In previous blog posts, I’ve discussed why it’s never too early to get your author website and online presence going. In fact, I’ve claimed that having those pieces in place can actually help you get published, because it gives you a leg up over the competition. And now I have an editor backing me up.
Book editor Jevon Bolden, in her blog “Embrace the Impossible,” recently blogged a post titled 6 Days and 40 Manuscripts Later: Musings of an Editor Reviewing Submissions. Here’s an excerpt …
Writers should work on building an audience before submitting to publishers. Saying that you could market your book through social media once we decide to publish doesn’t tell us much. Basically you want the publishing company to invest in something that has no proven record of return—no perceived or anticipated value. That’s not fair. You wouldn’t invest in some random idea for a new company that may show up on the NYSE and it may perform enough to provided an ROI. You’d want to be able to see that the marketplace will patronize that company and that they will meet a consumer’s felt need. You’d want to see some paperwork, maybe a market analysis and a business plan. Yes? The same goes for a publisher. In determining if there is an audience waiting for something from you, we use our market knowledge based on past results. And our knowledge tells us that if we publish a book from someone with no audience, it will tank and cause us to lose money. You have to provide an argument to back up your claims that this book is something people will want to read else we will not take the risk.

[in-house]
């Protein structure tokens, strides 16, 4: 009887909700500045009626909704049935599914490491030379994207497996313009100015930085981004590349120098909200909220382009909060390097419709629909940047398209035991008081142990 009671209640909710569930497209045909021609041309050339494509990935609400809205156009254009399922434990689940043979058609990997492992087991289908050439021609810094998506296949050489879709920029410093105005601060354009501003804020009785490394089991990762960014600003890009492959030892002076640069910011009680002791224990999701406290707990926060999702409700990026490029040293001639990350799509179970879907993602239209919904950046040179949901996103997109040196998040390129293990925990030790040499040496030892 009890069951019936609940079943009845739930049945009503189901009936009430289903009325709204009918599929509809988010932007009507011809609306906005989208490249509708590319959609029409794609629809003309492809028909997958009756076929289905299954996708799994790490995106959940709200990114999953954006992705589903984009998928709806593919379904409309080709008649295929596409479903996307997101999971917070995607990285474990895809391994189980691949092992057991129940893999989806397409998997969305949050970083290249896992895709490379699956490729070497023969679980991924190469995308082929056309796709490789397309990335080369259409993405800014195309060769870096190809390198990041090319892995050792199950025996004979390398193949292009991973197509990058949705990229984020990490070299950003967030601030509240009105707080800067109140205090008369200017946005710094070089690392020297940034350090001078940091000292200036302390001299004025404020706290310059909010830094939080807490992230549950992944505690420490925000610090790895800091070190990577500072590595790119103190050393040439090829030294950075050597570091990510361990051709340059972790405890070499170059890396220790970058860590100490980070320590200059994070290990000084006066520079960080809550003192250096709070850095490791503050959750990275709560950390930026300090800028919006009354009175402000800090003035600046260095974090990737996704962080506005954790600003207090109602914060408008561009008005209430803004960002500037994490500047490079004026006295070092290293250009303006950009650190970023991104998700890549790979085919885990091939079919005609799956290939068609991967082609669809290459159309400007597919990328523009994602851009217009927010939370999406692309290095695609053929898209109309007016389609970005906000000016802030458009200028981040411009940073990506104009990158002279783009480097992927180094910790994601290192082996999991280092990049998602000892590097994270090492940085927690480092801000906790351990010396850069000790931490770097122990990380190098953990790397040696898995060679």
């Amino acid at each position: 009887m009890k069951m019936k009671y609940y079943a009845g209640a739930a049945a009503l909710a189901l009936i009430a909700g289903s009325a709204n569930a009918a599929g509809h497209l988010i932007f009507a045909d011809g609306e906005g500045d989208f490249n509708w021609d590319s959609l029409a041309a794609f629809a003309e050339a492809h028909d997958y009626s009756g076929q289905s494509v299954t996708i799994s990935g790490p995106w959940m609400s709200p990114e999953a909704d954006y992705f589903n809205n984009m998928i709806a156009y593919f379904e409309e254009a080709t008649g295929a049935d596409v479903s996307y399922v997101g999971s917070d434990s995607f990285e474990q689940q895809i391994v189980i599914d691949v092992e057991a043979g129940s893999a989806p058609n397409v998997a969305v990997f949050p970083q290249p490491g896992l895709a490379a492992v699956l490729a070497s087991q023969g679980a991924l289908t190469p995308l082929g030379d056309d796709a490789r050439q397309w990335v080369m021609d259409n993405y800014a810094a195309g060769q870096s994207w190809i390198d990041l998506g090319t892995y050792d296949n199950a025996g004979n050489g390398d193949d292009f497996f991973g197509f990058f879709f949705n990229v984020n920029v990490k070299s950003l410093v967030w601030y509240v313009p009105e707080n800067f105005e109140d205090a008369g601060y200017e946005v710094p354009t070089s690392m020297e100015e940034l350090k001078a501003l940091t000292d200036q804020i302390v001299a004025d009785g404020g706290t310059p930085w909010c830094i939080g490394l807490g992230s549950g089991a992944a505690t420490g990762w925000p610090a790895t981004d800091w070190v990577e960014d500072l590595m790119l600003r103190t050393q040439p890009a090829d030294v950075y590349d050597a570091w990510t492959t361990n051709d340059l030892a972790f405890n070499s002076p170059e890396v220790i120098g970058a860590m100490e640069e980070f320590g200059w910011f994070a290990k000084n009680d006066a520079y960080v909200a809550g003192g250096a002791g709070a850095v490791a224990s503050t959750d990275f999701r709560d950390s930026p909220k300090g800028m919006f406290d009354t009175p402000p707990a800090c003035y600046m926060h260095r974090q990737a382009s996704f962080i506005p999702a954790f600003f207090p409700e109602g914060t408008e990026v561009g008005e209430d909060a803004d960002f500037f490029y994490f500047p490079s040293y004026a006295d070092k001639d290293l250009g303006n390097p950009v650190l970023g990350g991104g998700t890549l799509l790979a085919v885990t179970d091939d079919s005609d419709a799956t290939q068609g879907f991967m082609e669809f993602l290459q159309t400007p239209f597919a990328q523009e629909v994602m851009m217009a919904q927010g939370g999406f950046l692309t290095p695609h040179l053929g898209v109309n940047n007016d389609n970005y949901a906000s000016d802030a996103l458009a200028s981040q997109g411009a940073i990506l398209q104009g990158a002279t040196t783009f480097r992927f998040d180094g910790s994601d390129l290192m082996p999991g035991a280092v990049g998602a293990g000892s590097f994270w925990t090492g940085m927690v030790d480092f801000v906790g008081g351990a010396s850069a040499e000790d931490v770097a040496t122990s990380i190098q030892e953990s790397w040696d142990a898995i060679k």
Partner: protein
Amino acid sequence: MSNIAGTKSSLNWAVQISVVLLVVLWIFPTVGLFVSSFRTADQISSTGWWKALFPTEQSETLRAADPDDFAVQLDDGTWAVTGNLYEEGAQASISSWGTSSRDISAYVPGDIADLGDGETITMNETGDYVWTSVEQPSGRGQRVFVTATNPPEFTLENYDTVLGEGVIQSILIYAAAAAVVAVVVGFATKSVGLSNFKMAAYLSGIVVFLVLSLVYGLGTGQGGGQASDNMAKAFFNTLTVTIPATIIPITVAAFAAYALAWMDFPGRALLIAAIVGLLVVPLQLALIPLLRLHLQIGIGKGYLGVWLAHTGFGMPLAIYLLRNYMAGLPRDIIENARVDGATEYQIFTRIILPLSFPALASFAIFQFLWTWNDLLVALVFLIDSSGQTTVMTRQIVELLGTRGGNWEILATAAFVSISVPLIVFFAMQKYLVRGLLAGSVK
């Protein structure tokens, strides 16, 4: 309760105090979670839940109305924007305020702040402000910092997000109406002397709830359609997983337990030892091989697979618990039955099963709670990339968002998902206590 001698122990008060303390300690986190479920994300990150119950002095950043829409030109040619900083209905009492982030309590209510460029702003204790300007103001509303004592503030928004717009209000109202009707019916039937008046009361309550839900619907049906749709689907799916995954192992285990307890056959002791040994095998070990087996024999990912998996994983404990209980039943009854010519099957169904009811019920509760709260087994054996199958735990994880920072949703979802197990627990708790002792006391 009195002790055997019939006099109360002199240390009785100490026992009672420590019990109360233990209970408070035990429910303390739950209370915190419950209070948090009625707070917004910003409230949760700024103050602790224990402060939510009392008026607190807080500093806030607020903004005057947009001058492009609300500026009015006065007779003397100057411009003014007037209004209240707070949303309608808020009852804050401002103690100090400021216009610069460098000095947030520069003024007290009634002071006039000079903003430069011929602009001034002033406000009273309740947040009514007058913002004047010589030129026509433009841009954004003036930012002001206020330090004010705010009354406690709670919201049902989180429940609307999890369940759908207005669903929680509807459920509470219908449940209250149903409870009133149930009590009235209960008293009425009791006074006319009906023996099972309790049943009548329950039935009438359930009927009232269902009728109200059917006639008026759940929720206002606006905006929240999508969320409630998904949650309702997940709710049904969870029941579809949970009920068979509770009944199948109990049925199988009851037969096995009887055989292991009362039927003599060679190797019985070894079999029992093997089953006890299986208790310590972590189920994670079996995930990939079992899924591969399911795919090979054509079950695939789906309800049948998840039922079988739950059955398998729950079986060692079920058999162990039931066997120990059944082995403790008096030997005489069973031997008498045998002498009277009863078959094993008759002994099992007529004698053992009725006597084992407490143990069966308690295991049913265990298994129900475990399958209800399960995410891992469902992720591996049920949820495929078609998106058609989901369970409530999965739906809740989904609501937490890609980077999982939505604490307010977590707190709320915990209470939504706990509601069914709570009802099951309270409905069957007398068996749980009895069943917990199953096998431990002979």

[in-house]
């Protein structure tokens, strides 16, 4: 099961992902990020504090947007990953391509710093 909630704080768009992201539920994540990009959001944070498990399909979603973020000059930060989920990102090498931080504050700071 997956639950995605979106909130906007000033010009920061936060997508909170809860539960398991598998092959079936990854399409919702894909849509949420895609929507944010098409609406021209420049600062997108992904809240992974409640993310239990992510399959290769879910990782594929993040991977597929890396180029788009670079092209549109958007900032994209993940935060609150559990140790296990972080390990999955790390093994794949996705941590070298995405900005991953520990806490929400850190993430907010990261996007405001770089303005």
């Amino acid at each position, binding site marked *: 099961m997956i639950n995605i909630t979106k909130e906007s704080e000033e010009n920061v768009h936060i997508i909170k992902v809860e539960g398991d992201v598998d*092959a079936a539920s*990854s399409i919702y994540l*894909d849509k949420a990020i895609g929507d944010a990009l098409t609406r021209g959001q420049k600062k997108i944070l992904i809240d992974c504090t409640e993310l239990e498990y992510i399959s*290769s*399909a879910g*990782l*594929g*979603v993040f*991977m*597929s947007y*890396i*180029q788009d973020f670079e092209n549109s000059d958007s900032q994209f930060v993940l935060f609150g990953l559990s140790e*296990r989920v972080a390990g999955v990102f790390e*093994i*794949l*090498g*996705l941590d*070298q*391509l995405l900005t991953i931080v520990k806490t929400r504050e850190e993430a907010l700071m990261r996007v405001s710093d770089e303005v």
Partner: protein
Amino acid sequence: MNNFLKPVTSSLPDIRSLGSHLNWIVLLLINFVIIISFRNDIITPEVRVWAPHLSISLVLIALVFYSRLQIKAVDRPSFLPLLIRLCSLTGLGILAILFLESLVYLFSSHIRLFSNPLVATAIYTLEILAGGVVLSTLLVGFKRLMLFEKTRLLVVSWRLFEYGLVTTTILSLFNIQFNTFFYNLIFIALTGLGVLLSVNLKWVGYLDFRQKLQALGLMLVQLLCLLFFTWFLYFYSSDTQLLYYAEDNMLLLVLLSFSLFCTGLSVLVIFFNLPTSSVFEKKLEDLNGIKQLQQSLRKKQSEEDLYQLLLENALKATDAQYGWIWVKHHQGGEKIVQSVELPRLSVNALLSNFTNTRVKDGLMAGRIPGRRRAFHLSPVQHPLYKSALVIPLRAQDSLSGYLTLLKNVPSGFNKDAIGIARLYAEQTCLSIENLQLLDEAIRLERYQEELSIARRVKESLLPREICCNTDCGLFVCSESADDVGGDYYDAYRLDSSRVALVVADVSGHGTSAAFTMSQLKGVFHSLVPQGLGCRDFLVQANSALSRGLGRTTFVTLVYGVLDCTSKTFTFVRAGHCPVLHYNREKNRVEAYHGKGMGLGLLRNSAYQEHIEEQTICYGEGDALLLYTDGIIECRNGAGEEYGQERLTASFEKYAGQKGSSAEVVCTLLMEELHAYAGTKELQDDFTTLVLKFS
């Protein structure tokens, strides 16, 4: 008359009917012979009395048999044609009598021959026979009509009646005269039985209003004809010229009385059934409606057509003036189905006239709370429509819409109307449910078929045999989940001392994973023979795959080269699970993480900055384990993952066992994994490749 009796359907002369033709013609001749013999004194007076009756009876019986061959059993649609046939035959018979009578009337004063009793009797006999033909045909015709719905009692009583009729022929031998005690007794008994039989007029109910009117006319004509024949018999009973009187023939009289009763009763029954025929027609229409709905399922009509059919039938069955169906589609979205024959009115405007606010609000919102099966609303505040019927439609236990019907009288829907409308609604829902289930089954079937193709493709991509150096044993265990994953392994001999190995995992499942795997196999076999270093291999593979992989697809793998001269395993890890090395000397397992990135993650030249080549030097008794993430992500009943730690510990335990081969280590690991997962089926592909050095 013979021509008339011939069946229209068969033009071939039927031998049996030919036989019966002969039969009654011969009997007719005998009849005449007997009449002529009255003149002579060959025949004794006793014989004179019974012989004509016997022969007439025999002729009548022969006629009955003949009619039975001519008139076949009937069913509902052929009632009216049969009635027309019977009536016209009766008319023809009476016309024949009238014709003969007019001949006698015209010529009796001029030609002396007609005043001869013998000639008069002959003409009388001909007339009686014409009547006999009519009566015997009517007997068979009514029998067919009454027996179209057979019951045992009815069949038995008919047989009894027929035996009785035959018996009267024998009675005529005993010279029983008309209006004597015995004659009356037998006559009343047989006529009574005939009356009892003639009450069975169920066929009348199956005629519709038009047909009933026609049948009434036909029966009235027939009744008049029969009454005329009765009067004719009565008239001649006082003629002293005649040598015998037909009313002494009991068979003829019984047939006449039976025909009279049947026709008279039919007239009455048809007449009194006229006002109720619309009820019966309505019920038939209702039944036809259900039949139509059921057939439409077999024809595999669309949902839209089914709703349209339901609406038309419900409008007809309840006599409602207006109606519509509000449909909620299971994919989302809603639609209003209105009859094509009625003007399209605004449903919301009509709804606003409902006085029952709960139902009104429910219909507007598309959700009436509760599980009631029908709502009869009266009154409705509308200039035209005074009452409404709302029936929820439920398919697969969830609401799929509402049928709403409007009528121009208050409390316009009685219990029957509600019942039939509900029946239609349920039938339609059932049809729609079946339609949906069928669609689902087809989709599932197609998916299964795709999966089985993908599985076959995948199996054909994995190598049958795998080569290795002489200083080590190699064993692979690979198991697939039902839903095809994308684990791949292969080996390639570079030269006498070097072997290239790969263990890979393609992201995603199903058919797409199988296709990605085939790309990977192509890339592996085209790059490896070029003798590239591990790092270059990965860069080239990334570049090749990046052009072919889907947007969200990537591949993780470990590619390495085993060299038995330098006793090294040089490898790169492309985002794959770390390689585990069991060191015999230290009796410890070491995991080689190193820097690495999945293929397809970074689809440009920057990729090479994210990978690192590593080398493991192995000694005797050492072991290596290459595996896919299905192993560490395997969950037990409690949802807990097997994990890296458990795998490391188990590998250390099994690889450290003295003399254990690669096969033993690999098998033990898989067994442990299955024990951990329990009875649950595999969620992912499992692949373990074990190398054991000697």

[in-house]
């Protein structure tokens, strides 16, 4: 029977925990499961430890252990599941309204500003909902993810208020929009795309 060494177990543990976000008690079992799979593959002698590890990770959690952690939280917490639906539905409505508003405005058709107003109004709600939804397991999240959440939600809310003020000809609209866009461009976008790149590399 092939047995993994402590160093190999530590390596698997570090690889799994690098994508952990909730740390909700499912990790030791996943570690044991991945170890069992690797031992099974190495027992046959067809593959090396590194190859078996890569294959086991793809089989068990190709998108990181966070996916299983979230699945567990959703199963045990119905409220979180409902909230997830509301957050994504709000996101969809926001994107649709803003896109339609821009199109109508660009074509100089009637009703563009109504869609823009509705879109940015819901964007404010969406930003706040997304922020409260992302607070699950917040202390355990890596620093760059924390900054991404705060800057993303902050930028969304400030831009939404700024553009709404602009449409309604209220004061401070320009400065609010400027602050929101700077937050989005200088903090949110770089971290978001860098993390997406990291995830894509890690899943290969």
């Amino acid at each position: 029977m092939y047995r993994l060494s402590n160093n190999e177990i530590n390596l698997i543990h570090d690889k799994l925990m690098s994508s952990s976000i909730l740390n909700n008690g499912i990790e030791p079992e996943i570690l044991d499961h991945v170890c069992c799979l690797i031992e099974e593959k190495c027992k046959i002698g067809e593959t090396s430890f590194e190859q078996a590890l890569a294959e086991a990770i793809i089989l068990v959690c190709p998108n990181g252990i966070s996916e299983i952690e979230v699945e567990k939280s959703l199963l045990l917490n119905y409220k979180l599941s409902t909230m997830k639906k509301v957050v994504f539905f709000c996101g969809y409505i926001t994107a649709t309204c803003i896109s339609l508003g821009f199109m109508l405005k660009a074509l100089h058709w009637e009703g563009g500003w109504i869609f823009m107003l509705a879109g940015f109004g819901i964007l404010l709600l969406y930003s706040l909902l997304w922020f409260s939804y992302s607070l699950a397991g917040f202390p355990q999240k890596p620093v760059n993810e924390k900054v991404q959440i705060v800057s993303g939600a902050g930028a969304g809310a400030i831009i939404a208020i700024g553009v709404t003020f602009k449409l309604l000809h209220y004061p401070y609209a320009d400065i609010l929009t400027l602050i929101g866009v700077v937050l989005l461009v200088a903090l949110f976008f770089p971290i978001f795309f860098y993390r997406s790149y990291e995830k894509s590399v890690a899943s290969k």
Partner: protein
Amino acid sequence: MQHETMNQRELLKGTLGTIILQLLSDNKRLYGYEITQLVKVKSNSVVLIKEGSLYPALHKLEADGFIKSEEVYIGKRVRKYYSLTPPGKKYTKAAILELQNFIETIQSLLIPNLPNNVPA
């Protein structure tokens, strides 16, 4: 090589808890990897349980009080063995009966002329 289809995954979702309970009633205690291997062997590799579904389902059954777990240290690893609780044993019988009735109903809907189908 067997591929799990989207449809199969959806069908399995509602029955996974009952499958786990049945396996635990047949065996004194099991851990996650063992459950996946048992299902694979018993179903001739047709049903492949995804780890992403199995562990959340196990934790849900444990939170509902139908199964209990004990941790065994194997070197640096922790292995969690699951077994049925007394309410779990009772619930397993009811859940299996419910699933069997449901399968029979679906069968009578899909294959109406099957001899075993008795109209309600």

There’s plenty more that she shares in her blog post, but this is what really had me grinning. Because it’s rewarding to have an editor back up what I’ve been telling clients for years.
Publishers no longer take responsibility for marketing the majority of their books. That responsibility now sits solely in the hands of the authors themselves. And if you can show a publisher that you know how to market yourself — and have already started marketing yourself — it can be the deciding factor in whether a publisher decides to go with your book or someone else’s. So build that website. Start blogging. Tie those in to your Twitter and Facebook accounts. Build a mailing list.
Like I always say (and Jevon says, too), it’s never too early!
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